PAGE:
Twenty Four Hours in Russell, New Zealand


Photo courtesy of Phillip Trey

In November, 2018, I took one of the best trips of my life.

Now let me tell you how it ended.

After a miserable layover in Shanghai, a day at the world famous Marina Bay Sands in Singapore, and over ten days of flying, busing, and driving all over New Zealand I found myself with a major head cold and a growing fear of going back to “real life.” After a semi-late night out dancing in Auckland, my friend Lucas and I packed up the rental car and headed North, to the Bay of Islands.

The tentative plan before arriving in New Zealand was to visit the wine country in the area, but after a very full trip already, the logistics of getting to and from wineries safely became less interesting than exploring the little town of Russell, population around 800, where our hotel for the night was located. Also, there was that terrible head cold leaving me fully miserable while also the happiest I’d been in ages. A veritable snot-covered, head-fogged, aching, beaming smile of a person.

After about a three hour drive and a quick ferry ride, us fairies arrived in Russell, a tiny old town that oozes the remnants of imperialism with its architecture. The narrow road looped into town and we glimpsed the two blocks of shops and restaurants. There were quite a few parked cars, yet the place felt very quiet with only a handful of others walking around. I think there were more people in the lobby of the Marina Bay Sands at 6am than there were in the whole of Russell.

Our lodging for the evening was The Duke of Marlborough Hotel, which has been operating since 1827 and received New Zealand’s very first liquor licence. For those who don’t know, the Duke of Marlborough was quite the figure in British history, having defeated the French in a definitive battle during the reign of Queen Anne. He and his wife’s reward? Blenheim Palace, one of the grandest estates in all of England, rivaling that of Buckingham Palace – in my opinion. So, seeing his name pop up in one of the earliest established British cities is not that surprising. In fact, it is said that:

The [original] owner Johnny Johnston was an ex convict come good, he became fluent in Te Reo and was very well regarded by the local Maori. This relationship led to Johnny being able to purchase the freehold site of the Duke – which was one of the first land sales to a European in New Zealand.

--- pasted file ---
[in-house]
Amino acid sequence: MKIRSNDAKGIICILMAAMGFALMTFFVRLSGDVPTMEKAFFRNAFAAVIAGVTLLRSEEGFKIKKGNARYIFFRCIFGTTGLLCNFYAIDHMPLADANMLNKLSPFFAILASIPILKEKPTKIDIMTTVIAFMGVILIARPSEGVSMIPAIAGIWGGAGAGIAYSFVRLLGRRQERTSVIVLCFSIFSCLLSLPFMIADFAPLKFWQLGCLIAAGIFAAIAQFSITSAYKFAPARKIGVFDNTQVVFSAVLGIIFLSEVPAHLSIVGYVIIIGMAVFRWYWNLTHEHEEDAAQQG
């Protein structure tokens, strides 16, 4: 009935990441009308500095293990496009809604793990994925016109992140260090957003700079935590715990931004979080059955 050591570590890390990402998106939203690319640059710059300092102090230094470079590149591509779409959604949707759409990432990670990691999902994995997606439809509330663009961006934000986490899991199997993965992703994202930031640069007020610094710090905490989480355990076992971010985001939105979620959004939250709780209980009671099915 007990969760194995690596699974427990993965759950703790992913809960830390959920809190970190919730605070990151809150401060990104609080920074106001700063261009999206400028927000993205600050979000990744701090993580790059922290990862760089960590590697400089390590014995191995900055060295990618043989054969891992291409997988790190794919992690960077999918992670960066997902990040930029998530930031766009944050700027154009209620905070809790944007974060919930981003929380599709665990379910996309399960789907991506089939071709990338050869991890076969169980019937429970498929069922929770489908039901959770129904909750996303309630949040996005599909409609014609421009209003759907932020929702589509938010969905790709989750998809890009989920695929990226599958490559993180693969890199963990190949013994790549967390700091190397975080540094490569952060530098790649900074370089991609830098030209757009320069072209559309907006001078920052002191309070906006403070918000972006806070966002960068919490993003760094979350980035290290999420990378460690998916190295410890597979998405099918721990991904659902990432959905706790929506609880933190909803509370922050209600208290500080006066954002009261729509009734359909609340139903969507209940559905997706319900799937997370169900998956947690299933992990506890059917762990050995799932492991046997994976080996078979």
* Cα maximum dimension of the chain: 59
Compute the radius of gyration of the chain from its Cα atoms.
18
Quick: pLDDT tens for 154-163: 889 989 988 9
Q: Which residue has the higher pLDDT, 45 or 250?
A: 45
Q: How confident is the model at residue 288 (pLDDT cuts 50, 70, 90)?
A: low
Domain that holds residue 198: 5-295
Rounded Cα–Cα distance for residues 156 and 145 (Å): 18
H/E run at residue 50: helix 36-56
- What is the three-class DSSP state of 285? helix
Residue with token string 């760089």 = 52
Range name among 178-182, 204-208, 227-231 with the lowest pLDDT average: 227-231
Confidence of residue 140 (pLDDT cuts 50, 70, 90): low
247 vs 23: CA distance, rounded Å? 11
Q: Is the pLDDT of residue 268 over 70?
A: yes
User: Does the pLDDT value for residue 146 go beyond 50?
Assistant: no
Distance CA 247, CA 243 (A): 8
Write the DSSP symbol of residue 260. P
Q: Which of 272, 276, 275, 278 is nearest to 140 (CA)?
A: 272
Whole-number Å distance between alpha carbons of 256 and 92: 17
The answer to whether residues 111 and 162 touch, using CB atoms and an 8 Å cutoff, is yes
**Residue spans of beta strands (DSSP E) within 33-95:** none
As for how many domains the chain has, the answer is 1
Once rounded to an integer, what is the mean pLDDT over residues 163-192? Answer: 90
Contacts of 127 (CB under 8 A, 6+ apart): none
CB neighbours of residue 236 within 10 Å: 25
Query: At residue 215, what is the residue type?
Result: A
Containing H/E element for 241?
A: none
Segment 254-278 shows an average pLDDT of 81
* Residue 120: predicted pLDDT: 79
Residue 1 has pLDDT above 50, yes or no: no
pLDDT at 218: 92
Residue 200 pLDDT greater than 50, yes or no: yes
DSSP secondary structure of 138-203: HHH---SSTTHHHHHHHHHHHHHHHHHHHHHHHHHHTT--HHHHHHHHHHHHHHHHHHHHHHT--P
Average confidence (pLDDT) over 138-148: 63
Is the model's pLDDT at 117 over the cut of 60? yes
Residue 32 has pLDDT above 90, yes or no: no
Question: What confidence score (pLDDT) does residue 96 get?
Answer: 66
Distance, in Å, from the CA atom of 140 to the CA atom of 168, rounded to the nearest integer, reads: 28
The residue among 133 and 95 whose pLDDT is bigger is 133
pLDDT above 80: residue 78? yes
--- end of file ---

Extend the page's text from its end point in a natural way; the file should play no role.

In the 1830s, Russell or Kororareka, as it was known then, was the biggest whaling port in the Southern Hemisphere [...]. Up to 500 whalers at a time would arrive in Russell after twelve months at sea, with Russell having no effective law enforcement agency, the scene wasn’t ideal. Prostitution was one of the area’s largest industries and many local women frequently entered into 3 week marriages.

Johnny quickly changed the name of his hotel to the Duke of Marlborough, at the time the Duke of Marlborough was the world’s richest man, so the name sought to bring respect, elegance and opulence to the “Hell Hole of the Pacific”.

All facts you’d think wouldn’t be on the brochure, but you can actually find all of this on the hotel’s website. Refreshing to see one embrace one’s history, the good and the bad.

We checked in late afternoon, and decided to walk around and look for a bite to eat. We found closed-for-the-day tourism offices, cafes, dessert shops, breakfast spots, and an open liquor store. While most places weren’t operating yet, we did discover an adorable outdoor place called Hone’s Garden. They weren’t serving dinner for a few more hours, but we snacked on olives and drank Rosé to relax and while away the time until a real meal. It felt like anywhere we went we never saw more than two or three people at a time, no one with an apparent agenda or place they needed to be, leaving the scenery for us to admire.

After catching up, looking through trip photos, and deciding what was next, we moved on from Hone’s Garden, deciding not to wait for dinner hours there, made reservations at the hotel restaurant instead – touted as the finest in the town – and set off for a mini-hike up to Kororareka Point Scenic Reserve. (I only learned what it’s called while researching this post. At the time, we looked up from the hotel and thought, “let’s see if we can go there.”)

Tipsy and on cold meds, my coughing-stuffed-up-dumb-ass suggested running up part of the way – the hill part. I also blame the fact that Lucas is a tall, chiseled looking, individual and I was acutely missing my own workout routine. I made it maybe two minutes before losing it and laugh-coughed the rest of the way up. The view, however, was completely worth it. The sight of the town of Russell, the bay, and off in the distance the town of Paihia, was simply breathtaking – and not just because I was literally out of breath. After many, many photos, and a few friendly words with the nicest lesbians, it was time to get ready for dinner.

The rest of the evening involved a wonderful meal, martinis, and many sunset photos on the pier a stone’s throw away from the hotel (if you check out my writer bio on the homepage you can see one such photo).

It’s been almost six months since my trip and I still think about it almost daily – particularly Russell. The entire trip was magical, but my mind keeps taking me back to the tiny town that felt like we were the only ones there. The exploring, the hiking, the company, the gazing at the sunset. It was short and it was sweet. I almost don’t want to go back again. I’d rather preserve the memories from the “Hell Hole of the Pacific” in time.

Almost.

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